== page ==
Self-Driving Cars: Who’s at Fault When There’s an Accident?

During a car crash, the driver responsible for the accident is the one who caused the accident and will be liable to pay compensation. However, what happens when the car is driving itself? The answer is not as obvious. As automobile technology advances and steps into the future, more people have begun to wonder who is at fault in a self-driving car accident—and the legal world has responded. Here is a look at this new technology and how it may impact drivers on the roads, streets and highways.

An Overview of Self-Driving Cars

Although driverless cars are a relatively recent innovation, some vehicle automations have already been around for quite some time. Driver assist systems like cruise control, emergency braking, and lane assistance technology—to name a few—are innovations included in many vehicles. Self-driving cars plan to take automation to the next level by giving vehicles full control over the driving experience. However, we are not yet at the point of having fully autonomous vehicles on the road.

While cars have become more automated, the driver is still in charge and is needed to keep their eyes on the road at all time. The Society of Automotive Engineers outlines each level of automation, with 0 having none and 5 having complete control without the driver. Currently, there are no cars over level 3 on the road, which means that the driver is necessary and must pay attention and be in control of the vehicle to avoid accidents. Accidents, including serious accidents, involving self-driving cars have been documented.

Who Is at Fault in a Self-Driving Car Accident?

So, who is at fault in a self-driving car accident? Many Americans have begun to ask this question as semi-autonomous vehicles begin to roll out. In fact, a large percentage of people want to know who would be held responsible for a crash before they even start using a self-driving car. While the regulations are still being drafted, subject to change as more data is gathered, and vary by state, there are some general factors that determine who is at fault.

Tech Developer

You can’t file a lawsuit against a car—but a potentially responsible party would be the technology company that created its self-driving technology. In place of human judgment and reactions, automatic cars rely on algorithms for decision-making. If there is an algorithmic failure or glitch in their system, it can result in a fatal crash. Furthermore, software malfunctions might fail to warn drivers of the potential danger that prevents them from responding in time. In these circumstances, the developer of the automation tech could be at fault.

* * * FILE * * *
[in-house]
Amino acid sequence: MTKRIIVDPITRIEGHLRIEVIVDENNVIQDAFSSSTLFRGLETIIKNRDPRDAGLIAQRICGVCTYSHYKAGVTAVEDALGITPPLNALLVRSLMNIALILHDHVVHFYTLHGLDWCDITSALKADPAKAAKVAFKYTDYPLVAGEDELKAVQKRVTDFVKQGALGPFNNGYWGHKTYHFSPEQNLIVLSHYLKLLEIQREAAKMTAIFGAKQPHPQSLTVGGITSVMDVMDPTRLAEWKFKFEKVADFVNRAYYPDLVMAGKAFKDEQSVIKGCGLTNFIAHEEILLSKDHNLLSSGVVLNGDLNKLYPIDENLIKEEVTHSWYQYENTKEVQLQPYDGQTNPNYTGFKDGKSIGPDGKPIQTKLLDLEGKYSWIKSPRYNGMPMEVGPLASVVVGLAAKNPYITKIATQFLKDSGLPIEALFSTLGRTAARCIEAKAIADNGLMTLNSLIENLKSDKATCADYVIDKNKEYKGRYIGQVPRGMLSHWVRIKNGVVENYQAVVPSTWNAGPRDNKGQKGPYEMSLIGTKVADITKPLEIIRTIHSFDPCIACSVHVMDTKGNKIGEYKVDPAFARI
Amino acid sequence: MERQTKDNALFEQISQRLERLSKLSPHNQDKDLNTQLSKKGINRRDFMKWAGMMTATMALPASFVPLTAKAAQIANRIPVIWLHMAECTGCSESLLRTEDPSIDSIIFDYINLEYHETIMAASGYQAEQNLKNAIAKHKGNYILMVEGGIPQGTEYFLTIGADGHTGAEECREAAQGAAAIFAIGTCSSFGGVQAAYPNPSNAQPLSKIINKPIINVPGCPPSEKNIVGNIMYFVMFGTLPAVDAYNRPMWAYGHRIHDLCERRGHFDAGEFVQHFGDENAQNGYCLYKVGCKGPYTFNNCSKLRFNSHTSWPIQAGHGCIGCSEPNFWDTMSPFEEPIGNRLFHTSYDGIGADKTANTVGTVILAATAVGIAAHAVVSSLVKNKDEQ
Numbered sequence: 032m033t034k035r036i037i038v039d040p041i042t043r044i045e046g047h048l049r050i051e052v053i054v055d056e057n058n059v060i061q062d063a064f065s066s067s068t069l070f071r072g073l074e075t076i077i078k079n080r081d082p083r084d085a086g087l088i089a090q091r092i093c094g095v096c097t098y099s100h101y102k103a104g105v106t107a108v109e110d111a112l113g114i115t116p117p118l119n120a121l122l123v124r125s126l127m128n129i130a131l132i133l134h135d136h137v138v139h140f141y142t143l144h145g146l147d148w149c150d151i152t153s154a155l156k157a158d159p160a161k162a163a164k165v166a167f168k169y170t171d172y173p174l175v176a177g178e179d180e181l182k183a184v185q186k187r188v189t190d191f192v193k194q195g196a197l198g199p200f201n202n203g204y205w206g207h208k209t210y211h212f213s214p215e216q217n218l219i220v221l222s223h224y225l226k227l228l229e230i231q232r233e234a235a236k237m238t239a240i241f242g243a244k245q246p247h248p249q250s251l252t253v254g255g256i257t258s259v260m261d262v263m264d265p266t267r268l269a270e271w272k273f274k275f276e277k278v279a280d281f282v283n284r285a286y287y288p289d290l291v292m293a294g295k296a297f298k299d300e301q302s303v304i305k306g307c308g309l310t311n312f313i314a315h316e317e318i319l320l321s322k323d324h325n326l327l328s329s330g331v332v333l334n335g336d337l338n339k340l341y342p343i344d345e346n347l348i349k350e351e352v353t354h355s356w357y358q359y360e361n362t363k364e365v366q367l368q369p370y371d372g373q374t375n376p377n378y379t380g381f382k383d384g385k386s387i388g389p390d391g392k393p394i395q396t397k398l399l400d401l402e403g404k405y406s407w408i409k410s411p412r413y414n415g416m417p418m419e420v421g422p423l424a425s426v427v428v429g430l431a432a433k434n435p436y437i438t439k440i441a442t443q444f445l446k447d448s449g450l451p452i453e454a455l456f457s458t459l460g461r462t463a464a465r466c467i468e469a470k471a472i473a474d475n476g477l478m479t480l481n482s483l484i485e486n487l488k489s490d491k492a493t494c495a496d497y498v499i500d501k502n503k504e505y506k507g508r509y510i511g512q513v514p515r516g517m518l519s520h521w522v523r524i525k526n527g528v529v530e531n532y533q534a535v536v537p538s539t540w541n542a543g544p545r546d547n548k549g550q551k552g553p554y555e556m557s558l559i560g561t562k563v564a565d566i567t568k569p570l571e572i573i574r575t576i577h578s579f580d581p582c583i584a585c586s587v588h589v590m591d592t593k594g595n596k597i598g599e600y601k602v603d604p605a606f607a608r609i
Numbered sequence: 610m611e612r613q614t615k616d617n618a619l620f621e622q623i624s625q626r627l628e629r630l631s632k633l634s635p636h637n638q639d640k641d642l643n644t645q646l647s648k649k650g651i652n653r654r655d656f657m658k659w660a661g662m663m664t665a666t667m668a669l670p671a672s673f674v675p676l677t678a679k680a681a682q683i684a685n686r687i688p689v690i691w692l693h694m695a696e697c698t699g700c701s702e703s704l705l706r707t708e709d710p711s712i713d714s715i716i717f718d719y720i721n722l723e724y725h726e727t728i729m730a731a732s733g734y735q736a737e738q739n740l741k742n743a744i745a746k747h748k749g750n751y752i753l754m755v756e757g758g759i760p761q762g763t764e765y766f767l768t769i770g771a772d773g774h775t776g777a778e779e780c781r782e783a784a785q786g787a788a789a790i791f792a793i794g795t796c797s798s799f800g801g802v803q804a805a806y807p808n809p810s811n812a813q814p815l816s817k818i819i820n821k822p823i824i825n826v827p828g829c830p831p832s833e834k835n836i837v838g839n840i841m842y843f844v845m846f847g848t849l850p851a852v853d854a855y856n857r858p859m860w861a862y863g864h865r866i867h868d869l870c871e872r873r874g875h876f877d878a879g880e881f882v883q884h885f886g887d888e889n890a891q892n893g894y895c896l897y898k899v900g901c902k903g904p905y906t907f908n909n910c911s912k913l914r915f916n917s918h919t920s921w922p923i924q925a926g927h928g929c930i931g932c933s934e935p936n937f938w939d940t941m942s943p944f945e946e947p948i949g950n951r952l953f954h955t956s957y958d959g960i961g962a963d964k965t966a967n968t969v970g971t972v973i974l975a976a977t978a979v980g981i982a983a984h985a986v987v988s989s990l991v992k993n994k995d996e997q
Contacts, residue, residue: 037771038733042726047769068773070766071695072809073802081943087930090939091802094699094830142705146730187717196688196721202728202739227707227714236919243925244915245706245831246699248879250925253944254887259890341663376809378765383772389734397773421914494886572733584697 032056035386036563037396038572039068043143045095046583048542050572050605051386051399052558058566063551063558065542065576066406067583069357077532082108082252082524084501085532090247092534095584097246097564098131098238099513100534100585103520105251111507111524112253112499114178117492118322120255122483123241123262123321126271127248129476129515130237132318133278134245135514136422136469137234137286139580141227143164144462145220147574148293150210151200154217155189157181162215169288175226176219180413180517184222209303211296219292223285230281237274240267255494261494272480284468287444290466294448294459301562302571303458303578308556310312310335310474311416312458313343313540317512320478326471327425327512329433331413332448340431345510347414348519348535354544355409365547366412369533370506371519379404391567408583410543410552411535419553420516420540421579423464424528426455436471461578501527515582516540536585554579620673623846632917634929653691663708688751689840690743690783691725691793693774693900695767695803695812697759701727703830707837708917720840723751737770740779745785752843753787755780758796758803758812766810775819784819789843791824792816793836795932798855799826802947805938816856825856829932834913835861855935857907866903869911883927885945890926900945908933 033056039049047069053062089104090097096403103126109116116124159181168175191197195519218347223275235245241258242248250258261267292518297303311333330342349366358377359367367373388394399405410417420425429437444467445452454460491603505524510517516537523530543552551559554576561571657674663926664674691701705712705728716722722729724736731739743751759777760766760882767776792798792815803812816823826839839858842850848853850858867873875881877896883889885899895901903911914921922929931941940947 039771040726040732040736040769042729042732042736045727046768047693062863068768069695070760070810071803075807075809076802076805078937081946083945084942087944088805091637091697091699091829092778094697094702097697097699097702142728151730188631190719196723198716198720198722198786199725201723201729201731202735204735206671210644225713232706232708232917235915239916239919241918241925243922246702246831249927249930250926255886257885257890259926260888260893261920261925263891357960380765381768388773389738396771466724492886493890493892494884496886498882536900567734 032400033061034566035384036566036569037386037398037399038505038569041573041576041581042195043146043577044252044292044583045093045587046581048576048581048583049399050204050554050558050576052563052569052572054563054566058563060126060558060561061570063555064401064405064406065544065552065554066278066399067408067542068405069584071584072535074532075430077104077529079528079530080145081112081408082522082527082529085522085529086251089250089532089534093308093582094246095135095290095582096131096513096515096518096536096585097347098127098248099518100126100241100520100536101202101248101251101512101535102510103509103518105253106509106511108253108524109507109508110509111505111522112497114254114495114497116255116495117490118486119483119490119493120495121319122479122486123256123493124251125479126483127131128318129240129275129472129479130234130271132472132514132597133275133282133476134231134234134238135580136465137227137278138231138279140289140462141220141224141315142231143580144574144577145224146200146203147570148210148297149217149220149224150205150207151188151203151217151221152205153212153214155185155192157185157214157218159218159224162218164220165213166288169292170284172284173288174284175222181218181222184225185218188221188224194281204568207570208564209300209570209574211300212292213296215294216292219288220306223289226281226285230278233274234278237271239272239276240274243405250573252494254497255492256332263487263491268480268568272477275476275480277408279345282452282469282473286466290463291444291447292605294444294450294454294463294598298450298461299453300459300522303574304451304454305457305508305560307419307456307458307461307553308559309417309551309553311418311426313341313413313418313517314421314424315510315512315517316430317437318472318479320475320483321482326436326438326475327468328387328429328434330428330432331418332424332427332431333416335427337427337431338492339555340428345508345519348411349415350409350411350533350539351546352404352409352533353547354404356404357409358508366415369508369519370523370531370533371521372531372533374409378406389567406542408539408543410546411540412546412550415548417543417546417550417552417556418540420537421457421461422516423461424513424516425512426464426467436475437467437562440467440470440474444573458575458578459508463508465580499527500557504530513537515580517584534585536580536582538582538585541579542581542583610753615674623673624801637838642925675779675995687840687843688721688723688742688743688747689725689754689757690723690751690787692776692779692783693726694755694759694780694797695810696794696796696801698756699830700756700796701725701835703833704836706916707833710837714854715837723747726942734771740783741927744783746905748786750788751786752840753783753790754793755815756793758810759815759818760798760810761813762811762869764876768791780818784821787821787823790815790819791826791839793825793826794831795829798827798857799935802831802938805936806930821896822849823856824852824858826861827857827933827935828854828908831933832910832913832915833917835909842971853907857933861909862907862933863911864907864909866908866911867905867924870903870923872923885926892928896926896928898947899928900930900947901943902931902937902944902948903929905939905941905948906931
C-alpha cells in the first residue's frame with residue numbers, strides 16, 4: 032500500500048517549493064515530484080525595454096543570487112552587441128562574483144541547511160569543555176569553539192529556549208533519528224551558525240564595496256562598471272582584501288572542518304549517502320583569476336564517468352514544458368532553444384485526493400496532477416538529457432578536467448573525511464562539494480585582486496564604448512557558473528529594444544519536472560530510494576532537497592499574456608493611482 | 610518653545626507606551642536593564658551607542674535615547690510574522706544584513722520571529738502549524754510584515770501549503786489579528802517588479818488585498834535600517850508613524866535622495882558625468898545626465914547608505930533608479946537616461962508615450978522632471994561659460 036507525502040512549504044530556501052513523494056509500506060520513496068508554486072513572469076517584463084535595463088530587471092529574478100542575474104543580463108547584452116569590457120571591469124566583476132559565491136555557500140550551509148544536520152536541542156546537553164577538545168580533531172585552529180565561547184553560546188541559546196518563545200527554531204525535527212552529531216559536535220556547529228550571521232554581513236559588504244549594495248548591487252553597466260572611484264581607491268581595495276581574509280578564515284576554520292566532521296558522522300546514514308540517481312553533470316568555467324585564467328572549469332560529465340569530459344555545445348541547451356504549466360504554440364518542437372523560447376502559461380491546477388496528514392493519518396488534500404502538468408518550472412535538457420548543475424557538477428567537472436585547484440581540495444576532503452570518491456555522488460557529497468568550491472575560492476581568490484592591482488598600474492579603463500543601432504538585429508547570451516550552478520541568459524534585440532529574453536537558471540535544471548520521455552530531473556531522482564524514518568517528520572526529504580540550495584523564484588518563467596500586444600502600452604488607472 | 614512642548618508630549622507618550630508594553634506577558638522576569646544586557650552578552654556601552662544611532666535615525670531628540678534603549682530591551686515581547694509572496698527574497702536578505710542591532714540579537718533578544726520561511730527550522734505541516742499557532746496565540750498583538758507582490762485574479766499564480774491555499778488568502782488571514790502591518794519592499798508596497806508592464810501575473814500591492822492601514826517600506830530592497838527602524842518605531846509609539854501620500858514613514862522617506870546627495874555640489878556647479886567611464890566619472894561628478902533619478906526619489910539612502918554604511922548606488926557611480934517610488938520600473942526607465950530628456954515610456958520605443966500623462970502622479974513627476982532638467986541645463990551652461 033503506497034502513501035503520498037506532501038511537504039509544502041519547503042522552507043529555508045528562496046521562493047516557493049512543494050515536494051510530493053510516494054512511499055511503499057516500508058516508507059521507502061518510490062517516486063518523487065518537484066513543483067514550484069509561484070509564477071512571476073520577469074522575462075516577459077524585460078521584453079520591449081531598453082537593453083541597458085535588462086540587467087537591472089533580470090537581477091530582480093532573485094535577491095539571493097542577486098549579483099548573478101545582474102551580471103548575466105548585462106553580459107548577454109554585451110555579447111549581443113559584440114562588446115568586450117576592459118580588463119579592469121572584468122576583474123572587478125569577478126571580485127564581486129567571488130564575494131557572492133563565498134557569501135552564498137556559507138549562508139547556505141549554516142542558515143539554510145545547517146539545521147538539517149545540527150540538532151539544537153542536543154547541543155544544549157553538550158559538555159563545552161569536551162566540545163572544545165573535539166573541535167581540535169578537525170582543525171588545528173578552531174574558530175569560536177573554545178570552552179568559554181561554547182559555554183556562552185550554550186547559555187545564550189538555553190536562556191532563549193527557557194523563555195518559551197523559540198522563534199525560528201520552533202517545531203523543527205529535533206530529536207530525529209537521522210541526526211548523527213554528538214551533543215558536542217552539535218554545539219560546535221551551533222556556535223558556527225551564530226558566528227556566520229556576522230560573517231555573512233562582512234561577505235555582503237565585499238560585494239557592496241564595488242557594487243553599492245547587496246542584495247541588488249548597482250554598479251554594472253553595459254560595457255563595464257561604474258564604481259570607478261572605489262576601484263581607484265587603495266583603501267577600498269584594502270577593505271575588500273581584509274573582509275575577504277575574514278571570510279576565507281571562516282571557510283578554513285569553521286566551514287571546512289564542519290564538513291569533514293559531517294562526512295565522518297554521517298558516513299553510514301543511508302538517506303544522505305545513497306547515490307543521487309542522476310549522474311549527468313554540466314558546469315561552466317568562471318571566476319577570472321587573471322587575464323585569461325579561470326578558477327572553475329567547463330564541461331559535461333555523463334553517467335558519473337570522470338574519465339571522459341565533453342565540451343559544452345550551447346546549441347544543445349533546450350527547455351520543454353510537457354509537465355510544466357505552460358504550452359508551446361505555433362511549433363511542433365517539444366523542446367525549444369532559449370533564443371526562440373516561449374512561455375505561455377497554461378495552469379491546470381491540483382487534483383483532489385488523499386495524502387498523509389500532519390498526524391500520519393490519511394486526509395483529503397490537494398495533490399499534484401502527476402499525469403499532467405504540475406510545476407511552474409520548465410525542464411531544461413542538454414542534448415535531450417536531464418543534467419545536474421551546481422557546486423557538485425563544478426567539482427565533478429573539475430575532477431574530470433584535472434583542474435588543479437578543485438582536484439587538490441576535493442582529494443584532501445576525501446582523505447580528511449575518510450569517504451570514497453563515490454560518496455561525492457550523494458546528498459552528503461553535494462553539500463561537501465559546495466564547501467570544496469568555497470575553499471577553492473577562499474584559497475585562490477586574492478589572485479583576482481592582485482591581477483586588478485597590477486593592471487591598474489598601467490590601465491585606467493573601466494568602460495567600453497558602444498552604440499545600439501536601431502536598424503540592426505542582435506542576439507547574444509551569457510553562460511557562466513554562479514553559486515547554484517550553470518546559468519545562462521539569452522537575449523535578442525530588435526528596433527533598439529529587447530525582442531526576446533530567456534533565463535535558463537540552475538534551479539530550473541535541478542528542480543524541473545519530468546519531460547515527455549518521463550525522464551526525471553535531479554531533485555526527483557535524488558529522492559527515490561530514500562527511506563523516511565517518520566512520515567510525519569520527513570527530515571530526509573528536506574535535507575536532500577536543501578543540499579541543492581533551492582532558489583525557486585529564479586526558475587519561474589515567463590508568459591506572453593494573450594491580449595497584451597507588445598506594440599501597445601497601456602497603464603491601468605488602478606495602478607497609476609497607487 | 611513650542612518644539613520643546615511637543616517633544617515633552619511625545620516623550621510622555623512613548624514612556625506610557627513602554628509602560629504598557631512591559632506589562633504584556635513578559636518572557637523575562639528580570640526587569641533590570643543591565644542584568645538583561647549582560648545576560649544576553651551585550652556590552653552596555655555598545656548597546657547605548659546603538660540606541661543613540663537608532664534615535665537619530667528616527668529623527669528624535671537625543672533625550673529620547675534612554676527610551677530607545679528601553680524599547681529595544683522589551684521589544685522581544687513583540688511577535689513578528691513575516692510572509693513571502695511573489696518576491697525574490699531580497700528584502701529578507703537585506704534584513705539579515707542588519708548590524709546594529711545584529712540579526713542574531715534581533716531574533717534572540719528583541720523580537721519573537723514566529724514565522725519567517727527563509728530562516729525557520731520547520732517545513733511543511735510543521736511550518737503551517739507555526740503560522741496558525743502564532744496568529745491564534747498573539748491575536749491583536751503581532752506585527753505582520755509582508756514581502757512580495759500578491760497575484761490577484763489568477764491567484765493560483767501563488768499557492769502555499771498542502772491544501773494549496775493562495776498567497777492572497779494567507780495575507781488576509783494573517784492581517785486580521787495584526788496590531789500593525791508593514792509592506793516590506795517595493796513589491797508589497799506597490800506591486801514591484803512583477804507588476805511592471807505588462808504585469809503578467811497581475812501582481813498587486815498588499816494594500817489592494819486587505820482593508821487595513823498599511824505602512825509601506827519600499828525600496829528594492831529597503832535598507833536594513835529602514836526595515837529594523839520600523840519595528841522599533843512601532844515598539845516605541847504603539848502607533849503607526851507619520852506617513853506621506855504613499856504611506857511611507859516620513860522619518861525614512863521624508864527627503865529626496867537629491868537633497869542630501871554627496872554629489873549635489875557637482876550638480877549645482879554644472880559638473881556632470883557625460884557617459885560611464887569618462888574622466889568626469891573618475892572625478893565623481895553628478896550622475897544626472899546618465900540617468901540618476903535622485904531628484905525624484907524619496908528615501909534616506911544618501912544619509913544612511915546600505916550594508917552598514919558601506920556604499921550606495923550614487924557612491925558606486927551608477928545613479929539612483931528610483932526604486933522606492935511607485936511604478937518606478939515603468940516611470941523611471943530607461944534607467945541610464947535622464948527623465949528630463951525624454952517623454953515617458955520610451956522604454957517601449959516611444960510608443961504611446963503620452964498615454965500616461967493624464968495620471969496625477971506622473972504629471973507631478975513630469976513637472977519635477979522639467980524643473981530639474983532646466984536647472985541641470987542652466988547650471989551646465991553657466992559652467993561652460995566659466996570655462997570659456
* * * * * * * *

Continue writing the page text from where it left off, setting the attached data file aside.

Car Manufacturer

Sometimes it isn’t a matter of who is at fault in a self-driving car accident, but rather what company manufactured and produced the vehicle involved in the crash. Failing brakes, mechanical problems, and defective designs can result in accidents even if the driver acts and makes appropriate reactions. When a scenario like this occurs, the automaker could be held responsible.

The Driver

Who is at fault in a self-driving car accident? Depending on the circumstances, it could be the driver. As mentioned previously, self-driving cars currently have someone behind the wheel. They have the duty to operate the vehicle safely, so others on the road aren’t put at risk of an accident. Unfortunately, the convenience of automated cars can create a false sense of security that could result in negligence on the part of the driver.

Even if self-driving cars do the majority of the work, the drivers behind the wheel still need to pay careful attention. For example, when something unexpected happens, the driver may need to take over full control of the vehicle. If a driver does not appropriately act when necessary under the circumstances and an accident occurs, it could be considered negligence on their part, and they could be held accountable for human error resulting in the crash.

It does not matter what type of vehicle is involved in a crash. Liever Hyman & Potter is always available when you require a car accident attorney in Reading, Pennsylvania, or a truck accident lawyer or motorcycle accident attorney. Our law firm handles all other personal injury matters and can provide assistance when you need a medical malpractice lawyer in PA.

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